"All that the soul knows when it is left to itself is nothing in comparison with the knowledge that is given it during ecstasy. When the soul is raised aloft, illumined by the presence of God, when God and it are lost in each other, it apprehends and possesses with joy good things which it cannot describe. The soul swims in joy and knowledge." (Angela da Foligno, mystic, quoted by Father A. Poulain in The Graces of Interior Prayer )
Many students of spirituality describe the ecstatic experience as the mystic state parexcellence. Mystics from all traditions agree in regarding ecstasy as a wonderful state—the one in which the human spirit is swept up and into an immediate union with the divine. As Evelyn Underhill points out in her Mysticism (1961), the word has become synonymous with joyous exaltation: "The induced ecstasies of the Dionysian mysteries, the metaphysical raptures of the Neoplatonists, the voluntary or involuntary trance of Indian mystics and Christian saints—all these, however widely they may differ in transcendental value, agree in claiming such value, in declaring that this change of consciousness brought with it a valid and ineffable apprehension of the Real."
Ecstasy differs from meditation—one of the stages that may precede it—both in character and development. In all the lengthy preliminary training of the mystical consciousness, a constant exertion of the will is required. But when at last the new and long-desired experiences come to the mystic "like a flash" into the psyche, he or she knows that there is nothing more to do than to accept that which has been given.
Fredric W. H. Myers (1843–1901) observed that the evidence for ecstasy is stronger than the evidence for any other religious belief. "Of all the subjective experiences of religion, ecstasy is that which has been most urgently, perhaps to the psychologist most convincingly asserted; and it is not confined to any one religion," Myers said. "From the medicine man…up to St. John, St. Peter, and St. Paul, with Buddha and Mahomet on the way, we find records which, though morally and intellectually much differing, are in psychological essence the same."
Evelyn Underhill states that ecstasy "represents the greatest possible extension of the spiritual consciousness in the direction of Pure Being: the blind intent stretching here receives its reward in a profound experience of Eternal Life. In this experience, the consciousness of 'I-hood,' of space and time…all that beings to the World of Becoming and our own place therein…are suspended. The vitality which we are accustomed to split amongst these various things, is gathered up to form a state of pure apprehension…a vivid intuition of the Transcendent."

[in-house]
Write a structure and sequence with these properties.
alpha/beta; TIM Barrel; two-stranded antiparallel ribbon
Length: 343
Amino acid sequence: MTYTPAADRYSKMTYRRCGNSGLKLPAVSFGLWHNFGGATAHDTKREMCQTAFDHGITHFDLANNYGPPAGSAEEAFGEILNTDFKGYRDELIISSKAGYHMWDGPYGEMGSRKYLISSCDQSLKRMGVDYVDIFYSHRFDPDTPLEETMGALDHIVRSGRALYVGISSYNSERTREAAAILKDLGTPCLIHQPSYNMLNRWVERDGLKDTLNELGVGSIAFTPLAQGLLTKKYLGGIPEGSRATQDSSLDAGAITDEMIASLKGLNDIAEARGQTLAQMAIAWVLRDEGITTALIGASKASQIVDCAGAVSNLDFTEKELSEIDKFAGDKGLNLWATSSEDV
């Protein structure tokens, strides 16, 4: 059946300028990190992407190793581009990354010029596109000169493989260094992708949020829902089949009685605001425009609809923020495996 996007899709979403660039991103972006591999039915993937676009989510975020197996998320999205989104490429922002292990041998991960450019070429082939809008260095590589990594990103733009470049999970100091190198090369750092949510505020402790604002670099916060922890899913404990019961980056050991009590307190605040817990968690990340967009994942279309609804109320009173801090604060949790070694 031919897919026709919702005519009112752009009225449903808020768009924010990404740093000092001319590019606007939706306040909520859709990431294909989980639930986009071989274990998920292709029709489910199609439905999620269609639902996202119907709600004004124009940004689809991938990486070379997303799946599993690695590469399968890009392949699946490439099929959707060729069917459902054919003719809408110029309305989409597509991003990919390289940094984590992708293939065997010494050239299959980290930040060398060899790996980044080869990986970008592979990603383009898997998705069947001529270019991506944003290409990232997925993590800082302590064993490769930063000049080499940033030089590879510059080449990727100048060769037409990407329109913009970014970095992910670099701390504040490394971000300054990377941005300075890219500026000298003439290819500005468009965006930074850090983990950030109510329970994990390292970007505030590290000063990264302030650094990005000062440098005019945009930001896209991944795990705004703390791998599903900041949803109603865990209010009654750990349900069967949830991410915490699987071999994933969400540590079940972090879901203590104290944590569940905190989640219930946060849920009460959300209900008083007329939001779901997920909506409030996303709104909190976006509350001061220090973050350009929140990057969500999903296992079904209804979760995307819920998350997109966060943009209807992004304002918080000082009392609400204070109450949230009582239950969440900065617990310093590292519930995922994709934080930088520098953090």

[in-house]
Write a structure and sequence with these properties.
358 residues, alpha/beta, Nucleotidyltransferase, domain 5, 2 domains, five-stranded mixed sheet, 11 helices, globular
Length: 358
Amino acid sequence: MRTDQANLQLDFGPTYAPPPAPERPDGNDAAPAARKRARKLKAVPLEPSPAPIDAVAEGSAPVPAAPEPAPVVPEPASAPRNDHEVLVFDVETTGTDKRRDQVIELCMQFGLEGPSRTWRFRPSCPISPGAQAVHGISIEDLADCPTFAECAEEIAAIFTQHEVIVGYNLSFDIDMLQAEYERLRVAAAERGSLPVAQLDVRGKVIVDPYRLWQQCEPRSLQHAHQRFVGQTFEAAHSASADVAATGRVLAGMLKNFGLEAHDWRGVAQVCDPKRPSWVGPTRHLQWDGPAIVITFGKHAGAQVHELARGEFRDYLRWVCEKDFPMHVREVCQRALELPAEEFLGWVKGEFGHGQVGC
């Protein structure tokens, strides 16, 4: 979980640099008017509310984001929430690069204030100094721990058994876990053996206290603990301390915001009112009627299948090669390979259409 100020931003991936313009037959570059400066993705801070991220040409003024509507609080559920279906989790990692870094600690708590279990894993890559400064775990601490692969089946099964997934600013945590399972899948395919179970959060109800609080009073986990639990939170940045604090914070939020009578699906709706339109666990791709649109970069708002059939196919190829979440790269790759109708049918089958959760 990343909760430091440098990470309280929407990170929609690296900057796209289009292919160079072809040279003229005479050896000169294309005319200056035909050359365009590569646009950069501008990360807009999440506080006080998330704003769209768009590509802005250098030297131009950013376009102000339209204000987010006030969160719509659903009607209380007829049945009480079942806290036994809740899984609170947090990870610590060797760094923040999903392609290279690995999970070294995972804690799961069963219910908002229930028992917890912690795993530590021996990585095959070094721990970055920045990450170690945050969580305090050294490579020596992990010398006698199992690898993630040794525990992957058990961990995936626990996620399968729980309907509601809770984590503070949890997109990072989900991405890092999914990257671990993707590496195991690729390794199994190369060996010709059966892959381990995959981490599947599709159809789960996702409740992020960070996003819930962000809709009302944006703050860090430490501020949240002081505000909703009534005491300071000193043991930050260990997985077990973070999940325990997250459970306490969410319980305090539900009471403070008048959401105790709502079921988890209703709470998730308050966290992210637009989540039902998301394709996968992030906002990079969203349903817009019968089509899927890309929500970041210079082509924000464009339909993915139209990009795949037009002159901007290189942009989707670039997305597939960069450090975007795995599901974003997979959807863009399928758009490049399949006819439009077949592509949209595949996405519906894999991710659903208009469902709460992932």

Underhill goes on to explain that in the perfect unity of consciousness that comes in a state of ecstasy, the mystic is so concentrated on the Absolute that his or her faculties are suspended and he or she ceases to think of himself or herself as separate from the "All That Is." The mystic becomes so immersed in the Absolute that "as the bird cannot see the air which supports it, nor the fish the ocean in which it swims, [the mystic] knows all, but think naught, perceives all, but conceives naught."
In addition to the passive nature of the ecstasy, another characteristic of its content is its relative unity and the narrowness of its conscious field. To a large extent, the outside world is shut out, and the five senses are completely closed to external stimuli. Every other thought, feeling, or emotion is pushed out of the mind but the idea of God and the emotions of joy and love. These fill the mind to the exclusion of nearly everything else, and are themselves blended into a single whole. The mystic does not believe God to be present; he or she feels God united with his or her soul, so that this intense awareness and its strong emotional accompaniment leave no room in his or her consciousness for anything else.